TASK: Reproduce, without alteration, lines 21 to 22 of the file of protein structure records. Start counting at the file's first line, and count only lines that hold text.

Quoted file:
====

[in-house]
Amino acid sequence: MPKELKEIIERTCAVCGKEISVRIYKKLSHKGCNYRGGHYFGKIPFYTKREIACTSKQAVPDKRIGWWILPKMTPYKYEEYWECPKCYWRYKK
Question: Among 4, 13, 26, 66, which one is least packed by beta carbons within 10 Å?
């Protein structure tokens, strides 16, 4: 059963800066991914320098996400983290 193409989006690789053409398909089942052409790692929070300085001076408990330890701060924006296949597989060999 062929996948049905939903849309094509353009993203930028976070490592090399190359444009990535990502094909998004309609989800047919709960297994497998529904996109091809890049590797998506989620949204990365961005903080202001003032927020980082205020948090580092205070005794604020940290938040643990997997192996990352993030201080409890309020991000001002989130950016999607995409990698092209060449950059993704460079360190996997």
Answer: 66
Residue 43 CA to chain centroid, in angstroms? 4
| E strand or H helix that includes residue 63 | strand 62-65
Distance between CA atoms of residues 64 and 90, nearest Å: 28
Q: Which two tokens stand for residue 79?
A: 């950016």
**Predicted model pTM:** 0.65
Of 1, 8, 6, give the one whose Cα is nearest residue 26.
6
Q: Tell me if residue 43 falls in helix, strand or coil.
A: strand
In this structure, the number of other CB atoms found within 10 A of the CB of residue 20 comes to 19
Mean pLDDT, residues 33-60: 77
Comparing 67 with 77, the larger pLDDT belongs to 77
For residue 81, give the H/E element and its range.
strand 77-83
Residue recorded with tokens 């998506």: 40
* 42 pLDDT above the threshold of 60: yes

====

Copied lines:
Residue recorded with tokens 């998506």: 40
* 42 pLDDT above the threshold of 60: yes